Tomalley foam with polenta, lobster claw, and popcorn
Tomalley foam with polenta, lobster claw, and popcorn Credit: Julia Thiel

The Chef: Jake Bickelhaupt (Sous Rising)
The Challenger: Noah Sandoval (Senza)
The Ingredient: Lobster tomalley

Several years ago the USDA advised against consuming tomalley—the soft green innards that function as a lobster’s liver and pancreas—because it can contain high levels of the toxins that cause paralytic shellfish poisoning. The red tide that prompted the warning has since subsided, and most sources say that tomalley is now safe to eat in moderation—but Jake Bickelhaupt was still suspicious of the delicacy. “I don’t like tingly heads and tingly toes and maybe respiratory failure; it’s not my kind of thing,” he said. “Hopefully Noah [Sandoval] doesn’t kill me today.”

Bickelhaupt had tasted tomalley before but said he rarely cooks with lobster, so he hadn’t worked with the green stuff inside much either. “It’s sweet, has a little salty fish taste, that iron-y kind of funk to it,” he said. “It doesn’t taste like lobster. It tastes more like sea urchin, with that creamy, sweet sea … but sea urchin doesn’t have poisonous … I’ll be fine.”

Tomalley is usually eaten on its own (it’s often spread on toast) or used to flavor sauces. Bickelhaupt, who uses quite a few modern techniques in the underground restaurant he runs from his apartment, cooked it gently in cream with iota carrageenan (to make it gel) and soy lecithin (to emulsify it). As the cream mixture warmed up, Bickelhaupt observed, “The color is gross. I don’t think I’d ever serve this.” After straining out the bigger bits, he let it cool before putting it in an iSi canister to make a tomalley foam.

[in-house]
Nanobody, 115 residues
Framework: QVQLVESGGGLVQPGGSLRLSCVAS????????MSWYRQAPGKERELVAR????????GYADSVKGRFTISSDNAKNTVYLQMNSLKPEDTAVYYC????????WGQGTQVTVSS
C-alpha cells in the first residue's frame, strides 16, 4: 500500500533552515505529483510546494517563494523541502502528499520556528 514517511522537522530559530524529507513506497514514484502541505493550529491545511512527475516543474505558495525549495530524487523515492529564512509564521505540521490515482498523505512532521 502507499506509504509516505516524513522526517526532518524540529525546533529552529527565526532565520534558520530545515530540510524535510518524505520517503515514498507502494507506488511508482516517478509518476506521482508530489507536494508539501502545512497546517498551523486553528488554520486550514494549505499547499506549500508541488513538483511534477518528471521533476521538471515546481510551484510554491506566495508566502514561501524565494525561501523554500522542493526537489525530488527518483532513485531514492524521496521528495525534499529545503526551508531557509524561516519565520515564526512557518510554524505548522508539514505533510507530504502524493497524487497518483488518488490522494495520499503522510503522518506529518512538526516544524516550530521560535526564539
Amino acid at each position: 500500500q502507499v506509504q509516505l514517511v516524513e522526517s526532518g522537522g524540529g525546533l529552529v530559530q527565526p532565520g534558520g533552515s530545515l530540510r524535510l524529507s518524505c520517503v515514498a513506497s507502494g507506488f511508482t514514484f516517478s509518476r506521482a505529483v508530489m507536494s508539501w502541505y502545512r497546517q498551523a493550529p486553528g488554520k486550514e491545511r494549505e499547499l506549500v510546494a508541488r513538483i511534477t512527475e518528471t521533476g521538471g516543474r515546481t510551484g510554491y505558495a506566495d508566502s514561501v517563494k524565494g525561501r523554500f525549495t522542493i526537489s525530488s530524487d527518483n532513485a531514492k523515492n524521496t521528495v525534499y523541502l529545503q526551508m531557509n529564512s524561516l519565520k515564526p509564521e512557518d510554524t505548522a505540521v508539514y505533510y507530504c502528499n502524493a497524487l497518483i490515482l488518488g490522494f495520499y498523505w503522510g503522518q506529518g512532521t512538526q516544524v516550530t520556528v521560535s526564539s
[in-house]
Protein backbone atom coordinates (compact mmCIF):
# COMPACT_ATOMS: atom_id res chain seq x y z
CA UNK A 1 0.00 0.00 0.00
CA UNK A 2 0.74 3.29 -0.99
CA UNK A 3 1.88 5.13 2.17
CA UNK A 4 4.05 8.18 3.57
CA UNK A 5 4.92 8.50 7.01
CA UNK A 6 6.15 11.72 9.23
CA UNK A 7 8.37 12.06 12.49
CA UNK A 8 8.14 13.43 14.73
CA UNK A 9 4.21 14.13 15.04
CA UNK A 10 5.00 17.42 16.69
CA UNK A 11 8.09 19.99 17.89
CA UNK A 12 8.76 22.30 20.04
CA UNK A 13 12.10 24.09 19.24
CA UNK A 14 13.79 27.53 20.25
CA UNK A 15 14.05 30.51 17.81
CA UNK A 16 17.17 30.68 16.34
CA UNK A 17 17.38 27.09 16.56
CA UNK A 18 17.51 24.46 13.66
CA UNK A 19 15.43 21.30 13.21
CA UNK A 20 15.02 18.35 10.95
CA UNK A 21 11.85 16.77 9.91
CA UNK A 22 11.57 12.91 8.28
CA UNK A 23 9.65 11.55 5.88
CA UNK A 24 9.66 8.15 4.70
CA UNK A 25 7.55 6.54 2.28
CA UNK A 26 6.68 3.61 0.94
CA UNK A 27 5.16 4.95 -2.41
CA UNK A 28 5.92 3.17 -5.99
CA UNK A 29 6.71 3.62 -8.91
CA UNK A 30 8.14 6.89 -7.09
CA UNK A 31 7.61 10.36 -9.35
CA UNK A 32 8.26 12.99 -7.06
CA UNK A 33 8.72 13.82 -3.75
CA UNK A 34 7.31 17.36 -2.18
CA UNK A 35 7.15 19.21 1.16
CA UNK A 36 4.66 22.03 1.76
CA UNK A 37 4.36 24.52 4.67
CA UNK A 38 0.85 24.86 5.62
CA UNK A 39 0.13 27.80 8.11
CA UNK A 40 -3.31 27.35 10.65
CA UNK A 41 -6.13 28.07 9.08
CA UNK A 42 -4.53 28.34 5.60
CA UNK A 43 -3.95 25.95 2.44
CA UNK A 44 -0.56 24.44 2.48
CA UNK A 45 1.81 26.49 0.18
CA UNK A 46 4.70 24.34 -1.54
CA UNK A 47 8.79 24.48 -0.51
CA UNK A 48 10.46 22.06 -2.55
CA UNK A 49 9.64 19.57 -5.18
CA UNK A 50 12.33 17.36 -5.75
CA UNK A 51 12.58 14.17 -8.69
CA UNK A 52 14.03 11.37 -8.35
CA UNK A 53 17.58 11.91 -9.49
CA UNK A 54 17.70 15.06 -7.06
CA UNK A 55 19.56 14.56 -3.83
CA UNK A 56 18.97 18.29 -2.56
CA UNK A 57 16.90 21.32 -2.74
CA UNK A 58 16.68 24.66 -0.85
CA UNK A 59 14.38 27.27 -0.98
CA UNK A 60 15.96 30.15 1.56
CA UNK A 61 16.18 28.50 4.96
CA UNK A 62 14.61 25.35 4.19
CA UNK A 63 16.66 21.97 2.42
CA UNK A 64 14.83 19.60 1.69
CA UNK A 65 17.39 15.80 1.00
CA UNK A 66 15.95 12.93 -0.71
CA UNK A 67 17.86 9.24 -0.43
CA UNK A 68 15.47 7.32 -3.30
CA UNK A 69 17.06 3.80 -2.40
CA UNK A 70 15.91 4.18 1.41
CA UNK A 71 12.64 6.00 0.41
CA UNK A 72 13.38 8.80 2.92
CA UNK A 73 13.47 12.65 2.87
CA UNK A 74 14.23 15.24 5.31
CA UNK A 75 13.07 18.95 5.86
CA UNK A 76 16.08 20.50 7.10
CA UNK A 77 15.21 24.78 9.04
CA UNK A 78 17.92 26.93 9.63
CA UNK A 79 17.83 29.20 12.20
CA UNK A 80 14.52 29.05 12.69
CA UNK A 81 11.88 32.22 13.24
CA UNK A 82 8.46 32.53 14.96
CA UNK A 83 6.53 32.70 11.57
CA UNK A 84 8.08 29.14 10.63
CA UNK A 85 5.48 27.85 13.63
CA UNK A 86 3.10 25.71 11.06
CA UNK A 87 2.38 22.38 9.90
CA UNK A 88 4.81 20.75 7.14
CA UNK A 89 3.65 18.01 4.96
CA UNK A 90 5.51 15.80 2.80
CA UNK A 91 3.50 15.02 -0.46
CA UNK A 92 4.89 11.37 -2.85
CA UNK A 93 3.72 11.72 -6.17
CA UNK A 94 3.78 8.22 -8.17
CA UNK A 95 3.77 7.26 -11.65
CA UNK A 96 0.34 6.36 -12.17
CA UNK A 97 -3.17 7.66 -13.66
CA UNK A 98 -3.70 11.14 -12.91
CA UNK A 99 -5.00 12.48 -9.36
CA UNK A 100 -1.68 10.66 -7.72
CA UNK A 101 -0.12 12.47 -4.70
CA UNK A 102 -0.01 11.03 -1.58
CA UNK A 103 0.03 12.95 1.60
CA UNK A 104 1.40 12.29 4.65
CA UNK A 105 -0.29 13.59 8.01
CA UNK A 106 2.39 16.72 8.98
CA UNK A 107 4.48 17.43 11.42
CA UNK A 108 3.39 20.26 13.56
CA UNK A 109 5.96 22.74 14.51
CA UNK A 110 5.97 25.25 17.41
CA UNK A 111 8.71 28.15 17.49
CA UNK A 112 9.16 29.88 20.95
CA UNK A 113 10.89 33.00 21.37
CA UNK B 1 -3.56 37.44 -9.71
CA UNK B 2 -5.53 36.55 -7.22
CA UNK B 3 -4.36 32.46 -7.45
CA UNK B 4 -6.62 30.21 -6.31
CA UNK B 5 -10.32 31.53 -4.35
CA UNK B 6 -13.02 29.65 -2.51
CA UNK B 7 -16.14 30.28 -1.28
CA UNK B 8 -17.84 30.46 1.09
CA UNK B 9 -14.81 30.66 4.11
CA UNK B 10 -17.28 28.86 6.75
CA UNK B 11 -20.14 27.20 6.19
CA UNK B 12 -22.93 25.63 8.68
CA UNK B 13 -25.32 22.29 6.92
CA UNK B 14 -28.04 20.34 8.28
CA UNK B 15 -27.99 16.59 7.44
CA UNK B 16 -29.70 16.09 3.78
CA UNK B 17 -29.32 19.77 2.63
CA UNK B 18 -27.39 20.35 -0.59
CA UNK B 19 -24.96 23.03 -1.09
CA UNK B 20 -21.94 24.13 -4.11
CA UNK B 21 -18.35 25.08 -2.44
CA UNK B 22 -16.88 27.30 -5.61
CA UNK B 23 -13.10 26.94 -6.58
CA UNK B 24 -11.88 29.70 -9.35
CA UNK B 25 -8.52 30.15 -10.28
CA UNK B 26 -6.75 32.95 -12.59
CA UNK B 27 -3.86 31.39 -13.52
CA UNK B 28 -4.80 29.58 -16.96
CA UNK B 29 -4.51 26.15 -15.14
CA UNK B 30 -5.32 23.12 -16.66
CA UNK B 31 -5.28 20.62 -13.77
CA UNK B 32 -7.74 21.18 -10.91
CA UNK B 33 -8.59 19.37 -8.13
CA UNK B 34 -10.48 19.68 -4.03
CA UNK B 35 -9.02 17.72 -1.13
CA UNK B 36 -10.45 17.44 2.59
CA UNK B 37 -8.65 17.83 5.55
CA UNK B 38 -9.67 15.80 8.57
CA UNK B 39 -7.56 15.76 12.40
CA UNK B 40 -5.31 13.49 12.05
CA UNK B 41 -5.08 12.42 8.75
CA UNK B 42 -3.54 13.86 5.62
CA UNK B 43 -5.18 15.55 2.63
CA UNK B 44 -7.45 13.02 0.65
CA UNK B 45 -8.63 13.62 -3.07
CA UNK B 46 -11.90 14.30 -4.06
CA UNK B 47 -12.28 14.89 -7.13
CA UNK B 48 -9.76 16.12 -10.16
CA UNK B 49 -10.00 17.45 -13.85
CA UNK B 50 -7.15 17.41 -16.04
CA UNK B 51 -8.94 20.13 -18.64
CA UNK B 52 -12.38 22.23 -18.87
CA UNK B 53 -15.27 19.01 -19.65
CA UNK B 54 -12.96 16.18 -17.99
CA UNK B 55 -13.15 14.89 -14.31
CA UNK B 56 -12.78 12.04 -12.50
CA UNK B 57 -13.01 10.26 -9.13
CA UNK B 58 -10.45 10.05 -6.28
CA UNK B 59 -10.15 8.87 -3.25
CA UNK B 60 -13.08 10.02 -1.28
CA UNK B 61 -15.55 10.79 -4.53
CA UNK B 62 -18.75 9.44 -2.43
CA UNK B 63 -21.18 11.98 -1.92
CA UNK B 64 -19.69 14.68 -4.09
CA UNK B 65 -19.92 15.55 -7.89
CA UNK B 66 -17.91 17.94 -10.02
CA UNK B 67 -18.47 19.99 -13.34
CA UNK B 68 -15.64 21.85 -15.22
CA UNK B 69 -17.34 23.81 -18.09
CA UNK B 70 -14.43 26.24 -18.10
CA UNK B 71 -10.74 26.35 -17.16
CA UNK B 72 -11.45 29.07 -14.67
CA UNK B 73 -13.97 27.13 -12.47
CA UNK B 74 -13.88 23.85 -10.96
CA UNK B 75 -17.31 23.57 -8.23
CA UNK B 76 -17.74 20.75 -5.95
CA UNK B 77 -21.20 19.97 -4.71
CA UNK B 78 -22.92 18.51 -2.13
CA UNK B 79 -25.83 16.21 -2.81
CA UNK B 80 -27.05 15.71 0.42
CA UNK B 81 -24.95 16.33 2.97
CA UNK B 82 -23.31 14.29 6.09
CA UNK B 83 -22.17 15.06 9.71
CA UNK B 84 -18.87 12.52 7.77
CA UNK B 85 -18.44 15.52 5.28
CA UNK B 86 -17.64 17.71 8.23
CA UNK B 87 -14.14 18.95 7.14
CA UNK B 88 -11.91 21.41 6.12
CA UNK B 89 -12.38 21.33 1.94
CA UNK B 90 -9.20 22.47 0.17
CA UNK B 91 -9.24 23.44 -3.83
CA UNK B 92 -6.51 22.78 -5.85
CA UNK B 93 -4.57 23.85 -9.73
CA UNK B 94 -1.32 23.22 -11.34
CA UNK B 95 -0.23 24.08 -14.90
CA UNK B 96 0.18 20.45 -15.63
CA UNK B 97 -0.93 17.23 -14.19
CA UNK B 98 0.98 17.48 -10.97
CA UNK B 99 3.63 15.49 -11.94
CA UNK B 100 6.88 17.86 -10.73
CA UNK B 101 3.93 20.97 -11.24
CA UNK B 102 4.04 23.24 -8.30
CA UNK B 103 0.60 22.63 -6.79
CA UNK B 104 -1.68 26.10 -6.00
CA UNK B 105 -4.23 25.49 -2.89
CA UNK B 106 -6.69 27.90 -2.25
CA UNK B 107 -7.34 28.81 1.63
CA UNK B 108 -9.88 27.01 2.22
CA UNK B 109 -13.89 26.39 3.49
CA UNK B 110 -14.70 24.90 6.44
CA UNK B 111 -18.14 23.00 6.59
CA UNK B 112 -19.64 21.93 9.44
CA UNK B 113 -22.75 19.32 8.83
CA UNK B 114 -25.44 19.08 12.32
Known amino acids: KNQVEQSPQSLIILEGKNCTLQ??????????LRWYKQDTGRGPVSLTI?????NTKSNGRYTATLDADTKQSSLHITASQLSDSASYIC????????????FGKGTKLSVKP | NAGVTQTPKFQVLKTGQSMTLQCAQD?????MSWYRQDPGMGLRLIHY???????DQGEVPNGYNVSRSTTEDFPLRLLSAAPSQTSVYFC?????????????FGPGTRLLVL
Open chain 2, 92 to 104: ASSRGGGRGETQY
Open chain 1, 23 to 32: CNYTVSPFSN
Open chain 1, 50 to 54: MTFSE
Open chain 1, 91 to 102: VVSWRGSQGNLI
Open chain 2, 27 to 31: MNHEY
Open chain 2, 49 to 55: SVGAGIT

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He came up with a play on shrimp and grits, serving the foam with polenta, lobster claw, an egg yolk poached sous vide, fava blossoms, and popcorn coated with powdered freeze-dried corn. “This dish, it’s got this briny—I’m just going to call it funk,” he said. “Like dirty socks. But not in a bad way. It’s good.”

Bickelhaupt also made a second dish: tomalley “air” with carob bubbles and trout roe. He steeped tomalley with hot milk, white chocolate, pink peppercorns, and soy lecithin, used a hand blender to add air to the mixture, and then froze the whole thing. On top he spooned the trout roe and carob bubbles: water mixed with carob, egg white powder, sugar, salt, and xanthan gum, then aerated with an aquarium pump. “It’s one of those weird things: roe and chocolate actually kind of pair together,” he said. “I doesn’t know why, it just does.” He topped it off with grated freeze-dried pineapple.

Bickelhaupt liked that preparation too. “Again, with the sea and the funk. I keep saying funk, but it’s not a bad thing. That’s why people eat it. It’s an acquired taste, but it’s fun.”

Who’s next:

Abraham Conlon of Fat Rice—a former underground restaurant owner himself—working with pig uterus. Bickelhaupt says that Conlon asked for something hard for his challenge, and he was more than happy to oblige.